In the mid-50s, TV programming in Chicago kept viewers captivated with cooking demonstrations, Howdy Doody puppets, Uncle Miltie, and quiz shows. Being chosen to compete with other churches’ Sunday school contestants was an honor.
Besides appearing on TV, I had a chance to win a $25 bond for the church and a white leather Bible with gold trimmed pages.
To prepare for my TV debut, I carefully picked my hat and slipped my fingers into my pristine, white fitted gloves to be properly dressed in my Sunday best for the auspicious occasion.
There I stood in front of the camera answering all the Bible questions confidently and winning easily. I took home the white leather Bible autographed by the TV host and carried the bond safely back to the church.
The televised event was an epiphany, a transformative experience.
I ascended from Sunday School starlet to full-fledged celebrity status among the Presbyterians. I was their Junior Miss Achiever.
“What next?” I thought. I was on my way to God, and a door had opened to my fantasy adventure to become “Nancy Drew, Missionary.” It all seemed to be falling into place until one unforeseen afternoon.
After Sunday School, the minister called me into his office to congratulate me on the honors I had brought to his parish. After some polite conversation, the head of the church asked me why my parents never came to services.
Since my parents were of different religious denominations (Greek Orthodox and non-practicing Jew), I had tagged along with friends to find “my church.”
As always, I attended on my own with neighborhood kids. By 13, there was already an assorted list of churches in my repertoire: I had spent time with Methodists, Lutherans, Baptists, Episcopalians and occasionally Catholics.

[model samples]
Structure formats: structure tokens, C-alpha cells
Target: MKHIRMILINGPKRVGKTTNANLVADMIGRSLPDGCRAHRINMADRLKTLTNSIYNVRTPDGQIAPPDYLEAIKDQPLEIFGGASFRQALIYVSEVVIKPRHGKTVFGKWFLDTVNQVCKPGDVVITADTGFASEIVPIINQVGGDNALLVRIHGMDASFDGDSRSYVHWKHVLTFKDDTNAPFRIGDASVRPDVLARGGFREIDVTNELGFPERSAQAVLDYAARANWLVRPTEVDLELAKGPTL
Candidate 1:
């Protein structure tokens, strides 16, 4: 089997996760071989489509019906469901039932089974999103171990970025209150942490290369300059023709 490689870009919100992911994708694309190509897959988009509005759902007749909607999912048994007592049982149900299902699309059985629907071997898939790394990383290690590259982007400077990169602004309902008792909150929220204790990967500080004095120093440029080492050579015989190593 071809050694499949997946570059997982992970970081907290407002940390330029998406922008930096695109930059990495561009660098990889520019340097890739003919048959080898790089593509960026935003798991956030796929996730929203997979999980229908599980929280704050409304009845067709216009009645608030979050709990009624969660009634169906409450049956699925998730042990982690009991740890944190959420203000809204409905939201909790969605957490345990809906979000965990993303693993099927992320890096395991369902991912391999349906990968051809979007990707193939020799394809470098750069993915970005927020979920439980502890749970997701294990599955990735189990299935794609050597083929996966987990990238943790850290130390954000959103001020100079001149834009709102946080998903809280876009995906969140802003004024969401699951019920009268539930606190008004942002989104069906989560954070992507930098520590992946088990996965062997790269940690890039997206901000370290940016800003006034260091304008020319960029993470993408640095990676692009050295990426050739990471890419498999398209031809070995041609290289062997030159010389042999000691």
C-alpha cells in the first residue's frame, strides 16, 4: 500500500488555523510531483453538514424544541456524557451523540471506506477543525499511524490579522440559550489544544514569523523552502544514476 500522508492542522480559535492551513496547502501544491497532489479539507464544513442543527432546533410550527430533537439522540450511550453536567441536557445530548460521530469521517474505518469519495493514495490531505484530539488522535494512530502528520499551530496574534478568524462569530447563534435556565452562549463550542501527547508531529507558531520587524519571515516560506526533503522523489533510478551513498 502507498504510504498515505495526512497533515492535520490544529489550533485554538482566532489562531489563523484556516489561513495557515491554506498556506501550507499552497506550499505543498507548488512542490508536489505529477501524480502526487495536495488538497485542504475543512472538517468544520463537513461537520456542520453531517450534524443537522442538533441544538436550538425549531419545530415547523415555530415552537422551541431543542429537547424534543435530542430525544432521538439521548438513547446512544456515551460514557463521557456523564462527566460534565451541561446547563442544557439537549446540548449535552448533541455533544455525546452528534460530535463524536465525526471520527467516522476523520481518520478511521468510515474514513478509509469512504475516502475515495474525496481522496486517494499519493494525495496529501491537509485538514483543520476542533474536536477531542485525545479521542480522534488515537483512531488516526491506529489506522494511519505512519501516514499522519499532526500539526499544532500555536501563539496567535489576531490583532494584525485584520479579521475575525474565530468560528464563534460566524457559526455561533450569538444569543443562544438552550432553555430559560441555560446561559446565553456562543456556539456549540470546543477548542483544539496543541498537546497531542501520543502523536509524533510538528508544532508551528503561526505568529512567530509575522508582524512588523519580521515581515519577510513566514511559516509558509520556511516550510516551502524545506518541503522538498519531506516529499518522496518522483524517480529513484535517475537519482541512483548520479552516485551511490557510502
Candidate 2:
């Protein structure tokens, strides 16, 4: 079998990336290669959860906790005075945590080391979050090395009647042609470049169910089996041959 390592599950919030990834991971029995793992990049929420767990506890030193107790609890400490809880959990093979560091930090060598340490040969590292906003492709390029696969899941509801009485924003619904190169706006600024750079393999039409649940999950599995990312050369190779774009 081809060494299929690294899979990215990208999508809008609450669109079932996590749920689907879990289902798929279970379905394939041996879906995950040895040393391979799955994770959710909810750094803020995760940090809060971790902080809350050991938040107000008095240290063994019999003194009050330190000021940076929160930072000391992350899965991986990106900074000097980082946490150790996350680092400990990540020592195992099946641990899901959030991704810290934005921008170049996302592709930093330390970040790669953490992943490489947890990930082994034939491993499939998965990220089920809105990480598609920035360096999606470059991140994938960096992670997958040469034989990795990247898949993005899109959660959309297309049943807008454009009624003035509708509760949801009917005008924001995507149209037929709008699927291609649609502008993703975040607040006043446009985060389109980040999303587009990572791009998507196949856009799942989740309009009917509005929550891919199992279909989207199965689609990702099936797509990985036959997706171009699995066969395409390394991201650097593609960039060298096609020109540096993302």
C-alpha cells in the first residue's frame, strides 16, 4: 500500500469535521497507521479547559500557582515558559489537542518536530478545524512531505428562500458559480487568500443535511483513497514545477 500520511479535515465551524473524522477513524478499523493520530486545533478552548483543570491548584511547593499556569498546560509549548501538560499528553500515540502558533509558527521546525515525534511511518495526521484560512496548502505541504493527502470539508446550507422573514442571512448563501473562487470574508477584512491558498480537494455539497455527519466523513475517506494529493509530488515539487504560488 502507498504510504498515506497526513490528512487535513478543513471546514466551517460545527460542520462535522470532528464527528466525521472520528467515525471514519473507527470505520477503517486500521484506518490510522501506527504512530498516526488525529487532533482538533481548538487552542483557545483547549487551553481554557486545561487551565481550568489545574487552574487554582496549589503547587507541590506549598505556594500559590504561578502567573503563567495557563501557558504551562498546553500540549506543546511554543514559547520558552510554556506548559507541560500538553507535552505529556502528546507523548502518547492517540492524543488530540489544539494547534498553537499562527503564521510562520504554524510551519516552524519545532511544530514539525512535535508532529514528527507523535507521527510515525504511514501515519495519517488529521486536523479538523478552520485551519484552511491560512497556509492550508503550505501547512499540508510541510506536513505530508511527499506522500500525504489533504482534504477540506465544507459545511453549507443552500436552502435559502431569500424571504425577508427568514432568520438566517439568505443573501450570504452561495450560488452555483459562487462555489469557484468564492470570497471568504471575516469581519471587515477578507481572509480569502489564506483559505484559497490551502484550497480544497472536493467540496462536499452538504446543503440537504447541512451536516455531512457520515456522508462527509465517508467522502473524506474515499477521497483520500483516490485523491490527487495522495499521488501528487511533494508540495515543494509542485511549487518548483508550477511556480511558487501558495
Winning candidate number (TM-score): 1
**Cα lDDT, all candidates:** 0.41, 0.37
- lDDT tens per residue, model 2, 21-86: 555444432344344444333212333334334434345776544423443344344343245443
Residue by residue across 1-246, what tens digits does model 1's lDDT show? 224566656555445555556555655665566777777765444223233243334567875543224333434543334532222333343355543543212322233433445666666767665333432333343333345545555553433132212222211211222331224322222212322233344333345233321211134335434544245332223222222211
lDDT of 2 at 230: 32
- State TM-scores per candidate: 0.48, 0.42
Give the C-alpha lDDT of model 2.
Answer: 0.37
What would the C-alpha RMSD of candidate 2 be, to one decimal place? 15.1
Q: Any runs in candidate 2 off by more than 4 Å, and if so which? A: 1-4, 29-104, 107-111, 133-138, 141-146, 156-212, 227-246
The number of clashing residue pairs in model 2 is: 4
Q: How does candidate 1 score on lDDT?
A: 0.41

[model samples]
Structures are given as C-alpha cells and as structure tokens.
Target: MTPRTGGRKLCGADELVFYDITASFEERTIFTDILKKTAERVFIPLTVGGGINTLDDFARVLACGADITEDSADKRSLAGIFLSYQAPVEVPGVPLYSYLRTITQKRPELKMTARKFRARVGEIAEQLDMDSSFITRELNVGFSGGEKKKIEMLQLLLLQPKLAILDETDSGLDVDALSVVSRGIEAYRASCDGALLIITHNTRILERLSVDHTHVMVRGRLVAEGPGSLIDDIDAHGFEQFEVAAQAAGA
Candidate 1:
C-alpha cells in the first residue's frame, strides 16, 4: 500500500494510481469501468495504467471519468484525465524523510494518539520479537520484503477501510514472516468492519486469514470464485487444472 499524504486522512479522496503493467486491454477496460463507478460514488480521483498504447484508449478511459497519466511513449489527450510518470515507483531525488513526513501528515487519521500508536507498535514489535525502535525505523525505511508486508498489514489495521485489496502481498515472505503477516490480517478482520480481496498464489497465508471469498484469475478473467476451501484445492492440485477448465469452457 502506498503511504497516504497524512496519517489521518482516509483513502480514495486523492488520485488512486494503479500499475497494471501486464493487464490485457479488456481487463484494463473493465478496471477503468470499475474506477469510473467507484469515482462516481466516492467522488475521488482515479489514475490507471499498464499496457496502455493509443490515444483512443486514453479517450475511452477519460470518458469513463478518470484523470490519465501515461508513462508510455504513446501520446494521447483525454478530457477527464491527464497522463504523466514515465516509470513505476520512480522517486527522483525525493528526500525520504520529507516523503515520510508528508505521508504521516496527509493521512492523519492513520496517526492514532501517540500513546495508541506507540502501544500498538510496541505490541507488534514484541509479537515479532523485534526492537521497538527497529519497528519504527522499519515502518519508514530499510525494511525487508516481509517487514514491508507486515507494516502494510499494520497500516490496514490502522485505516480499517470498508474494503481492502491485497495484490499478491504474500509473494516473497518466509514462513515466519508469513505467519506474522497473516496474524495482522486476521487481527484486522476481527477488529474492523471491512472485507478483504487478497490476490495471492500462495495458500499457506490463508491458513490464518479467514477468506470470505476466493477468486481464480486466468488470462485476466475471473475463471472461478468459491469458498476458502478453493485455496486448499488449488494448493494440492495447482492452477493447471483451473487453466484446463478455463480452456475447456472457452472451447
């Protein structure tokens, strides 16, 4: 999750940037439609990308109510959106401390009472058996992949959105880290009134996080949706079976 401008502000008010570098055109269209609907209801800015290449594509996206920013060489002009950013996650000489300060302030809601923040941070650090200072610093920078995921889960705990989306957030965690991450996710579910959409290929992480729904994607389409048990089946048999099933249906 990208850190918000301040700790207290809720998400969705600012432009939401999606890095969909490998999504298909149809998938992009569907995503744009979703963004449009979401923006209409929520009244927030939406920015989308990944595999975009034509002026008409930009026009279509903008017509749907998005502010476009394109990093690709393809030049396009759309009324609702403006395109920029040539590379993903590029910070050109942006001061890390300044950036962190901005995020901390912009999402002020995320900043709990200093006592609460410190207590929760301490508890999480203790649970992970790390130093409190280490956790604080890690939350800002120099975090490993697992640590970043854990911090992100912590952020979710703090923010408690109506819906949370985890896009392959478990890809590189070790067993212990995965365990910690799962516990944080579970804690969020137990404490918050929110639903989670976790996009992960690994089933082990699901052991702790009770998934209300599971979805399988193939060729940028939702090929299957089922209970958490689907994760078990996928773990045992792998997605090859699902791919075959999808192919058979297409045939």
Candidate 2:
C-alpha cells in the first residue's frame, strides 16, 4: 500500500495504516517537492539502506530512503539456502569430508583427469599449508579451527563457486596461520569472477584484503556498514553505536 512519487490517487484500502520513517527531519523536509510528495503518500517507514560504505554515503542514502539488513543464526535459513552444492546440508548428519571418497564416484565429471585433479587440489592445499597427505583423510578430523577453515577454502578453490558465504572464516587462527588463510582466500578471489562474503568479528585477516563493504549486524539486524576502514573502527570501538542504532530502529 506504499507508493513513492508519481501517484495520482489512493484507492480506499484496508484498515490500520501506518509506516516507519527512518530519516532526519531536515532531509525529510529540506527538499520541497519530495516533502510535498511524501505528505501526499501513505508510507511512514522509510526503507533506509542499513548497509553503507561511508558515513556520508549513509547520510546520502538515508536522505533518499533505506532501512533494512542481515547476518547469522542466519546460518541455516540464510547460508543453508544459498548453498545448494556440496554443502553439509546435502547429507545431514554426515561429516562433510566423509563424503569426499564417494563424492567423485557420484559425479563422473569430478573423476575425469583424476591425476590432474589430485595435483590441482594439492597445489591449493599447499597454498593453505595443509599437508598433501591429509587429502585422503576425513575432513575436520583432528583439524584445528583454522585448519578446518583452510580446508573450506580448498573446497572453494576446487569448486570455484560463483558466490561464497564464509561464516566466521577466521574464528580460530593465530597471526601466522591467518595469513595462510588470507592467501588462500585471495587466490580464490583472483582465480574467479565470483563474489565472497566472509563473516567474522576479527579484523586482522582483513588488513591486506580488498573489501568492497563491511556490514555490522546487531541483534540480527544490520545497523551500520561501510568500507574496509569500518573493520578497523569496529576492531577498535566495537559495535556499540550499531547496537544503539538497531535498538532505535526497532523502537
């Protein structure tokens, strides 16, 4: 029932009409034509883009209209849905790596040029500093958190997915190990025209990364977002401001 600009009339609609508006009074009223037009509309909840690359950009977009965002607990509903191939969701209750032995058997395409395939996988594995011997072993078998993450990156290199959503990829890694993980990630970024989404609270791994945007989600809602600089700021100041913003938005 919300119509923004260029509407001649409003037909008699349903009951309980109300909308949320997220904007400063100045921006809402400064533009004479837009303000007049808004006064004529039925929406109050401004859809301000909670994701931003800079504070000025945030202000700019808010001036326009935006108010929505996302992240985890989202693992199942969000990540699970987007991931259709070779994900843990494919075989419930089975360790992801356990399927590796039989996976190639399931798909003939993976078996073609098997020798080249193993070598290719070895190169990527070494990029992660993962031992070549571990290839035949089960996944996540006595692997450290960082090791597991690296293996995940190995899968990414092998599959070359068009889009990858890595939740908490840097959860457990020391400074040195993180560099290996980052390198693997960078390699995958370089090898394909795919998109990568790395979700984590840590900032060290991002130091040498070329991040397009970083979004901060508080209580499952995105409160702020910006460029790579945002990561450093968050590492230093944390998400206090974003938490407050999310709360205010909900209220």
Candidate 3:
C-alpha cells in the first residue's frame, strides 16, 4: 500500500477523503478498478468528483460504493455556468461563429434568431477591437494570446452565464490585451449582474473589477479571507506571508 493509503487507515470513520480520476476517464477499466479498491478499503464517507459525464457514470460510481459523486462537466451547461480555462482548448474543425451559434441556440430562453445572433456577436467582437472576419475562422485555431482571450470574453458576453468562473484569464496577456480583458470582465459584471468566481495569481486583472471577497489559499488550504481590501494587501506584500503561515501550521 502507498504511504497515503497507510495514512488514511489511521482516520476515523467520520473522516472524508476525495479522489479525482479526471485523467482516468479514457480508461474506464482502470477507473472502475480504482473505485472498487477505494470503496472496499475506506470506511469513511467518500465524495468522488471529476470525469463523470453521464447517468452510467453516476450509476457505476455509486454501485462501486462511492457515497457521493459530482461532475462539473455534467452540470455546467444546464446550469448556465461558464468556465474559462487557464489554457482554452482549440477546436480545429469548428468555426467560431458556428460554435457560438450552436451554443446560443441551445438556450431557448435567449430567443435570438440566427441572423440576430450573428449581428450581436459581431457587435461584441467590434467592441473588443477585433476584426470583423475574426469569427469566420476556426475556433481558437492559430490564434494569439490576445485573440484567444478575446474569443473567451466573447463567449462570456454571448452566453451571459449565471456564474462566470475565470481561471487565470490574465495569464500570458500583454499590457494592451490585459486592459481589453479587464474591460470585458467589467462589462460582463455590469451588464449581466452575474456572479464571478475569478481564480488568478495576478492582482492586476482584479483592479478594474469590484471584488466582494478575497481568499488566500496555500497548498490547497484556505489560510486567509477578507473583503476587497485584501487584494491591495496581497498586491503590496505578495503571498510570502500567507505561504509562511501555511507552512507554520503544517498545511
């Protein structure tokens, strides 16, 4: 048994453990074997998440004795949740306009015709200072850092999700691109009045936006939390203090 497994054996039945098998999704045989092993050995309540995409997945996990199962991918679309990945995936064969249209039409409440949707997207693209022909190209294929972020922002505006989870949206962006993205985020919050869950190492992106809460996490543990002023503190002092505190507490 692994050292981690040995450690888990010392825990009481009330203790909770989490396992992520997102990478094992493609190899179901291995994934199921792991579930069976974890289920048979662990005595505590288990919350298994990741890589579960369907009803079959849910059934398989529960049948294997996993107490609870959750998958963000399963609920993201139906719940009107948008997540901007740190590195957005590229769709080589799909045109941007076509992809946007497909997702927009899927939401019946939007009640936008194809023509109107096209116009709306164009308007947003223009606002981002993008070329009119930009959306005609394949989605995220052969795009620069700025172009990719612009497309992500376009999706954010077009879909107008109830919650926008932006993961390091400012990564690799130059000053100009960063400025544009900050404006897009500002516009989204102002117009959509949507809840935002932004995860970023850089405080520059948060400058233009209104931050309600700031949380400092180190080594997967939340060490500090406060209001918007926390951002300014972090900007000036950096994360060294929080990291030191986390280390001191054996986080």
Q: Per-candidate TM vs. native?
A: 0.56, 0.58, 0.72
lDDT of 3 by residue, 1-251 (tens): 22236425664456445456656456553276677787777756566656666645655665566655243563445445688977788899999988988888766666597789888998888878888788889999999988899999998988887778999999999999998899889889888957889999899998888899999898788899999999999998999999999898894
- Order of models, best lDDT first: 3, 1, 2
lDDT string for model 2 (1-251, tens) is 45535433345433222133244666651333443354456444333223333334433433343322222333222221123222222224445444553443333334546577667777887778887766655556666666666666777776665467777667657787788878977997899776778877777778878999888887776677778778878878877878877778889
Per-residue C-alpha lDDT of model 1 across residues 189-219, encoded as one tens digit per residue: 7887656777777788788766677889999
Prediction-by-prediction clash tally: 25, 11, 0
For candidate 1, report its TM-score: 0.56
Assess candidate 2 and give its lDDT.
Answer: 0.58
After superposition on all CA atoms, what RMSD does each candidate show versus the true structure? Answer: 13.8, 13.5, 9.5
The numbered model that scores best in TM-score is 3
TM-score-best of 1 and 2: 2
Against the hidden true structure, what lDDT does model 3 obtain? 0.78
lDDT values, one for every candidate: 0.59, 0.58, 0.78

The minister continued his interrogation. He wanted to know my father’s occupation and where he worked. Suddenly, I felt hot and clammy as my perfect holy life began to crumble. I didn’t want to lie or tell the truth.
The time of reckoning had come. I knew if I disclosed my father’s work, I would fall from grace and off my sacred pedestal.
As if confessing, I stammered that my father was a… bartender at the Halo Lounge… a local bar with a blinking neon halo above the sign of the establishment.
The minister became silent, looked away, made some unrelated comment, and wished me a good day. It was over. I was exposed and embarrassed not knowing what to say in that awkward moment of truth that seemed like it would never end.
My short-lived fame was deposed by a neon halo. I could no longer reign as the Sunday School queen. Like a golden calf from the Old Testament, my holy tiara was toppled by a neon halo.
Erana Leiken, principal of Tiger Marketing, is a marketing and PR consultant and freelance writer. She also teaches communication courses at the University of Phoenix and Web marketing and interactive content for the Art Institute of Phoenix.
Formerly an NBC reporter, magazine editor, and Web business writer, she is writing creative nonfiction and doing Web consulting. See www.tigermarketing.com.